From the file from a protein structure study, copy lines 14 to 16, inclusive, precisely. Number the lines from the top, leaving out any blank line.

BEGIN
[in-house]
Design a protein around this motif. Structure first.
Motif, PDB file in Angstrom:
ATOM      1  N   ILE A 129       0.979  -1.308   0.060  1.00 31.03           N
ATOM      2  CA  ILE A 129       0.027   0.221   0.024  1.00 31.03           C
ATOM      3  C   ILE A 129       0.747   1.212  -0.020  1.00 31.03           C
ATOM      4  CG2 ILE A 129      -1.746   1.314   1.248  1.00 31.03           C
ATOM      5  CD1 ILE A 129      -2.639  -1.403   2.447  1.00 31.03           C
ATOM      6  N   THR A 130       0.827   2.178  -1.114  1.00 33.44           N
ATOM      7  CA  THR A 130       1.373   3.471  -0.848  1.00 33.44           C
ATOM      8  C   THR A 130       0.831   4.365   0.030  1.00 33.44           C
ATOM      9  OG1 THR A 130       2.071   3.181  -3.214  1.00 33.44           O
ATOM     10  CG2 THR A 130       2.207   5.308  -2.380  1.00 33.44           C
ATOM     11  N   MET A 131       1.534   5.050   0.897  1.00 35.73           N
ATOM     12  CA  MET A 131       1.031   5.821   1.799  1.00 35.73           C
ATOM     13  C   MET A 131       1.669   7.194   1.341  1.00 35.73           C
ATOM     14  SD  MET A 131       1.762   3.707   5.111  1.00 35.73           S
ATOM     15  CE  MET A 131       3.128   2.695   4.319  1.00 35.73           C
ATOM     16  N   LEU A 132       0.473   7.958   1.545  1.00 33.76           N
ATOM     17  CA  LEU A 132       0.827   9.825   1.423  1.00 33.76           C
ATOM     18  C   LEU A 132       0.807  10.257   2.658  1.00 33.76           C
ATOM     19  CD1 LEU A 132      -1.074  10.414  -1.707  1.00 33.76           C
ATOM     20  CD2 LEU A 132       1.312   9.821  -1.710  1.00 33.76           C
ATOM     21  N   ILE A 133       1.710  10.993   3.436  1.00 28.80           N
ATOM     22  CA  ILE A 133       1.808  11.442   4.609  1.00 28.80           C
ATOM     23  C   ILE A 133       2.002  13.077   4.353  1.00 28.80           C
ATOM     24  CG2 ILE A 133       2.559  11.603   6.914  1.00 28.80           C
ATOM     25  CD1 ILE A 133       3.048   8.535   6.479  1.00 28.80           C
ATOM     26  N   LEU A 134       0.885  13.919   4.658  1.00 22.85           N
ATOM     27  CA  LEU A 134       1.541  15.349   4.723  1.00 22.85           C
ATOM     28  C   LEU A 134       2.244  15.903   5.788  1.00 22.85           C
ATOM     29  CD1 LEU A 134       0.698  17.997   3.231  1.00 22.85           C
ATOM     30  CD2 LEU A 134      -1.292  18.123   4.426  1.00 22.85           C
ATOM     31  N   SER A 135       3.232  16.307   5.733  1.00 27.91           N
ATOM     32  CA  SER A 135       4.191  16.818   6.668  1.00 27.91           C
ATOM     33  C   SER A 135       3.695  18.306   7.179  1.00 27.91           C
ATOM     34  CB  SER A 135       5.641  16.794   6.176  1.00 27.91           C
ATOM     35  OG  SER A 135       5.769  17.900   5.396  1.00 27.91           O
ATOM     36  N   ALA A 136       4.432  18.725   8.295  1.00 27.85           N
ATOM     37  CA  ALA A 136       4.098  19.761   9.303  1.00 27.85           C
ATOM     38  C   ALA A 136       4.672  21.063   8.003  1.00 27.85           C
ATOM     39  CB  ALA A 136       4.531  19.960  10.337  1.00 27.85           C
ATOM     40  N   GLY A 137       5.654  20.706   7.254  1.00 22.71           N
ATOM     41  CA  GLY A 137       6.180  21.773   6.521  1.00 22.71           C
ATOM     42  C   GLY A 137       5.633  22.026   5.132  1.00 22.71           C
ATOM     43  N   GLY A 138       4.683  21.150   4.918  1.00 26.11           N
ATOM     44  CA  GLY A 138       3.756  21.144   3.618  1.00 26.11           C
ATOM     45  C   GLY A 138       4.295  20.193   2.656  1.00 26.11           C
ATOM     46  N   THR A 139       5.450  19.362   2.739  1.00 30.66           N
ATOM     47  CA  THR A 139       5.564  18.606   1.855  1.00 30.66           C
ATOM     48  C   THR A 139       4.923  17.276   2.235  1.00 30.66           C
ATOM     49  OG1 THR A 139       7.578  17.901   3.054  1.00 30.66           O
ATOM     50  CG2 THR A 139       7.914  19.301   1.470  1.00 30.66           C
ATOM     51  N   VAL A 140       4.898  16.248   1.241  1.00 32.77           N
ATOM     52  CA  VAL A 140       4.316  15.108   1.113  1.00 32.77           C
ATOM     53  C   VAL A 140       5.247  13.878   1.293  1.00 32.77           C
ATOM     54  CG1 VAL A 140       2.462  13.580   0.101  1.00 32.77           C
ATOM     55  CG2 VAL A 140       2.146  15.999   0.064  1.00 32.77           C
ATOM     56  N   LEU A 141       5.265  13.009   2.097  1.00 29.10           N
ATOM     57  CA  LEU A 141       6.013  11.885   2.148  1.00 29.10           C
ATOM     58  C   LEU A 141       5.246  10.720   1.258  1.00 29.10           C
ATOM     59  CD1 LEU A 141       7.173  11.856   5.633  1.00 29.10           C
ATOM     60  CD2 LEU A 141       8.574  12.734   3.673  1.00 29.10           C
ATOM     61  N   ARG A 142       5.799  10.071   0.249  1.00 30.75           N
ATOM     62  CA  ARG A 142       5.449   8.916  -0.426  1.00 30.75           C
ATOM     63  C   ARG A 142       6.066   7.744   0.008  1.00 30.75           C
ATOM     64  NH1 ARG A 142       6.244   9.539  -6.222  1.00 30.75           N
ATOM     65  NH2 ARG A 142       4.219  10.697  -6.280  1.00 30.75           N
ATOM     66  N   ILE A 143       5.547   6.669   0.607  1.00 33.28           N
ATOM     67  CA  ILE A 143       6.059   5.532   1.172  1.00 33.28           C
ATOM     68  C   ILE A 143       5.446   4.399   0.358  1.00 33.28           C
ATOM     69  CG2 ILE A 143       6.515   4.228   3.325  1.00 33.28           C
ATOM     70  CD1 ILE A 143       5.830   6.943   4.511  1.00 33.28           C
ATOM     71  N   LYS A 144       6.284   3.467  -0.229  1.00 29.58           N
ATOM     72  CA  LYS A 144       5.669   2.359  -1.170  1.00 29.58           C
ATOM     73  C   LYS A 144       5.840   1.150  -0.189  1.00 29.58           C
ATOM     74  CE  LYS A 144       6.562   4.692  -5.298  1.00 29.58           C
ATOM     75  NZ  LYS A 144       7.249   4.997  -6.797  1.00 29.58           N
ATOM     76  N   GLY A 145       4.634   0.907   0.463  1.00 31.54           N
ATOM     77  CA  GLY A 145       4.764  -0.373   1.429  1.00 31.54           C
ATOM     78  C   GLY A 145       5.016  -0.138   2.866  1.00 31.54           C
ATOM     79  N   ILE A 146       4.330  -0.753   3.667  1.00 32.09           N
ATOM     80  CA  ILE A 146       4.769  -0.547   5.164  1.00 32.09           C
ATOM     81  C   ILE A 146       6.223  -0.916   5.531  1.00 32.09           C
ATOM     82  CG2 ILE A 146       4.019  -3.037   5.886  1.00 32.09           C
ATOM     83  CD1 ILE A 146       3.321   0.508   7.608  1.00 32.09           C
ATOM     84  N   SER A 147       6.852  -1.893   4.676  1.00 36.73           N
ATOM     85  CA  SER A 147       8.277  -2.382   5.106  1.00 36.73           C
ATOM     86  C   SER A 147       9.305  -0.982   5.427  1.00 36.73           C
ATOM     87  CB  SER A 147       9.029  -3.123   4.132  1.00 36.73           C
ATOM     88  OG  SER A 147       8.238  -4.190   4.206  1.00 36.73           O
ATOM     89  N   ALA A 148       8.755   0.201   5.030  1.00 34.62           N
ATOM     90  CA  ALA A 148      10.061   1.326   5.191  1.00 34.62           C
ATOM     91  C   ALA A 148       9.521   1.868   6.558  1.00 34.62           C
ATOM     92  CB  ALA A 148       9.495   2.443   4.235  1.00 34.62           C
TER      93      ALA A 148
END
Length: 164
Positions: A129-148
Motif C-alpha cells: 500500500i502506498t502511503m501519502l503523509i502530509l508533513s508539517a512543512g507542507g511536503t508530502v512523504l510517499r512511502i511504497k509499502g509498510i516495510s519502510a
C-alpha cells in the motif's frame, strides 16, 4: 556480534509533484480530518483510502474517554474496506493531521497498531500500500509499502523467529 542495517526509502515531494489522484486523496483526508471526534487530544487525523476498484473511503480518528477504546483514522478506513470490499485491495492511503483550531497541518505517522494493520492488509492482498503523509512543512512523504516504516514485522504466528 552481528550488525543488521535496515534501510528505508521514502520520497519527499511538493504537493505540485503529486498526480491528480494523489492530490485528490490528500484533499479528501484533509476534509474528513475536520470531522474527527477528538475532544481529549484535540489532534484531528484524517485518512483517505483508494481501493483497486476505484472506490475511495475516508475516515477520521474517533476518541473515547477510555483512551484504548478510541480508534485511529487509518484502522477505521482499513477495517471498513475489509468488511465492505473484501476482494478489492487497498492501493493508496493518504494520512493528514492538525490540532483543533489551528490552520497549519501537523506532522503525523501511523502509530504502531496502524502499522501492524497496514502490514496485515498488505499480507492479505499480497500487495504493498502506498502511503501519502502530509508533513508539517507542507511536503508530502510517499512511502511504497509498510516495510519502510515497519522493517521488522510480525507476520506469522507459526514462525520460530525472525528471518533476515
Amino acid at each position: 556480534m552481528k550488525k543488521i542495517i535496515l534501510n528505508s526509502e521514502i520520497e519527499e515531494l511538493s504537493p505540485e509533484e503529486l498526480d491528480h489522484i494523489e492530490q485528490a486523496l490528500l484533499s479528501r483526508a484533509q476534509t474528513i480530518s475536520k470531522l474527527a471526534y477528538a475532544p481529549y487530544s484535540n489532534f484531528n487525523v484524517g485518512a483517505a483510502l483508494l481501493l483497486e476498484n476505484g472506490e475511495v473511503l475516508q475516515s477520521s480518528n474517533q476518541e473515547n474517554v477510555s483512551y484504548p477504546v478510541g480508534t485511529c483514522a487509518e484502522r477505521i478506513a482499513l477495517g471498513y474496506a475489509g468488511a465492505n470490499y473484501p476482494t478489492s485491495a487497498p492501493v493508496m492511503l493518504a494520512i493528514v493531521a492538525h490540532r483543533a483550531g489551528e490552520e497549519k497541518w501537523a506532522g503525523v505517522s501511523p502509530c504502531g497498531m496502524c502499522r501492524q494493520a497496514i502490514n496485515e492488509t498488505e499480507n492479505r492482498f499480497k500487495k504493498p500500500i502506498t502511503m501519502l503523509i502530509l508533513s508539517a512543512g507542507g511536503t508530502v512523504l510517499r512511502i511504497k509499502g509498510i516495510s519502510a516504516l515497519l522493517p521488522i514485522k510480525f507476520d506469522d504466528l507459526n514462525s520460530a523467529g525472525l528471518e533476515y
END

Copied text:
ATOM     11  N   MET A 131       1.534   5.050   0.897  1.00 35.73           N
ATOM     12  CA  MET A 131       1.031   5.821   1.799  1.00 35.73           C
ATOM     13  C   MET A 131       1.669   7.194   1.341  1.00 35.73           C